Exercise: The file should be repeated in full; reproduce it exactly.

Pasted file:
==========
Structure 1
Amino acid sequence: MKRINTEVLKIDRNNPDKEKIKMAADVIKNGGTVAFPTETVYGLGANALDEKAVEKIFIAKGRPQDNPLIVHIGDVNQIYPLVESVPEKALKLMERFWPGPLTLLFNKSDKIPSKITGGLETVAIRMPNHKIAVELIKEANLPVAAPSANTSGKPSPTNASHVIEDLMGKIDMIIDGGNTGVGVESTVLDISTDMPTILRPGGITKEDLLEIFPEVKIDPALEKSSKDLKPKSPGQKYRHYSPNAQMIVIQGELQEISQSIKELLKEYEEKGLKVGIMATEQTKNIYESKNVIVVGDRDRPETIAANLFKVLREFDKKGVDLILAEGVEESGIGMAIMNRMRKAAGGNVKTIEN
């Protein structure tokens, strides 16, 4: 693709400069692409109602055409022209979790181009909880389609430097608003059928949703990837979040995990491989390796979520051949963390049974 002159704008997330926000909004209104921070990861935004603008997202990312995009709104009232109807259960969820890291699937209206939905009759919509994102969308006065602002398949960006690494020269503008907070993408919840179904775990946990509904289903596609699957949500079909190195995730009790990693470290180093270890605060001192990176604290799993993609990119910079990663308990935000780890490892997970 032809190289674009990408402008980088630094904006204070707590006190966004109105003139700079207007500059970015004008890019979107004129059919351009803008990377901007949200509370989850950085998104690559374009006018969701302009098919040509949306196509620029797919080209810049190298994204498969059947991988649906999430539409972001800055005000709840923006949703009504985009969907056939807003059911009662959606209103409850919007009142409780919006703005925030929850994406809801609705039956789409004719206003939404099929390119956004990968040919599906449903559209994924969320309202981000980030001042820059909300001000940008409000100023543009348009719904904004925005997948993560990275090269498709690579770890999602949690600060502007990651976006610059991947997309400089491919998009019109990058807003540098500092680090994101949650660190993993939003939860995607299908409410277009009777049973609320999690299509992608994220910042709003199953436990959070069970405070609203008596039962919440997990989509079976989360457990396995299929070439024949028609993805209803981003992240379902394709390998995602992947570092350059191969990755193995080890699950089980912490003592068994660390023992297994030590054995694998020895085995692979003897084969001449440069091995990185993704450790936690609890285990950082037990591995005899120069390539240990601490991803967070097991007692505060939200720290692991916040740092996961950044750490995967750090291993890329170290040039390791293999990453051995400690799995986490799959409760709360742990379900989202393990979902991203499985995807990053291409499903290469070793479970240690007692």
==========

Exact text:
Structure 1
Amino acid sequence: MKRINTEVLKIDRNNPDKEKIKMAADVIKNGGTVAFPTETVYGLGANALDEKAVEKIFIAKGRPQDNPLIVHIGDVNQIYPLVESVPEKALKLMERFWPGPLTLLFNKSDKIPSKITGGLETVAIRMPNHKIAVELIKEANLPVAAPSANTSGKPSPTNASHVIEDLMGKIDMIIDGGNTGVGVESTVLDISTDMPTILRPGGITKEDLLEIFPEVKIDPALEKSSKDLKPKSPGQKYRHYSPNAQMIVIQGELQEISQSIKELLKEYEEKGLKVGIMATEQTKNIYESKNVIVVGDRDRPETIAANLFKVLREFDKKGVDLILAEGVEESGIGMAIMNRMRKAAGGNVKTIEN
């Protein structure tokens, strides 16, 4: 693709400069692409109602055409022209979790181009909880389609430097608003059928949703990837979040995990491989390796979520051949963390049974 002159704008997330926000909004209104921070990861935004603008997202990312995009709104009232109807259960969820890291699937209206939905009759919509994102969308006065602002398949960006690494020269503008907070993408919840179904775990946990509904289903596609699957949500079909190195995730009790990693470290180093270890605060001192990176604290799993993609990119910079990663308990935000780890490892997970 032809190289674009990408402008980088630094904006204070707590006190966004109105003139700079207007500059970015004008890019979107004129059919351009803008990377901007949200509370989850950085998104690559374009006018969701302009098919040509949306196509620029797919080209810049190298994204498969059947991988649906999430539409972001800055005000709840923006949703009504985009969907056939807003059911009662959606209103409850919007009142409780919006703005925030929850994406809801609705039956789409004719206003939404099929390119956004990968040919599906449903559209994924969320309202981000980030001042820059909300001000940008409000100023543009348009719904904004925005997948993560990275090269498709690579770890999602949690600060502007990651976006610059991947997309400089491919998009019109990058807003540098500092680090994101949650660190993993939003939860995607299908409410277009009777049973609320999690299509992608994220910042709003199953436990959070069970405070609203008596039962919440997990989509079976989360457990396995299929070439024949028609993805209803981003992240379902394709390998995602992947570092350059191969990755193995080890699950089980912490003592068994660390023992297994030590054995694998020895085995692979003897084969001449440069091995990185993704450790936690609890285990950082037990591995005899120069390539240990601490991803967070097991007692505060939200720290692991916040740092996961950044750490995967750090291993890329170290040039390791293999990453051995400690799995986490799959409760709360742990379900989202393990979902991203499985995807990053291409499903290469070793479970240690007692």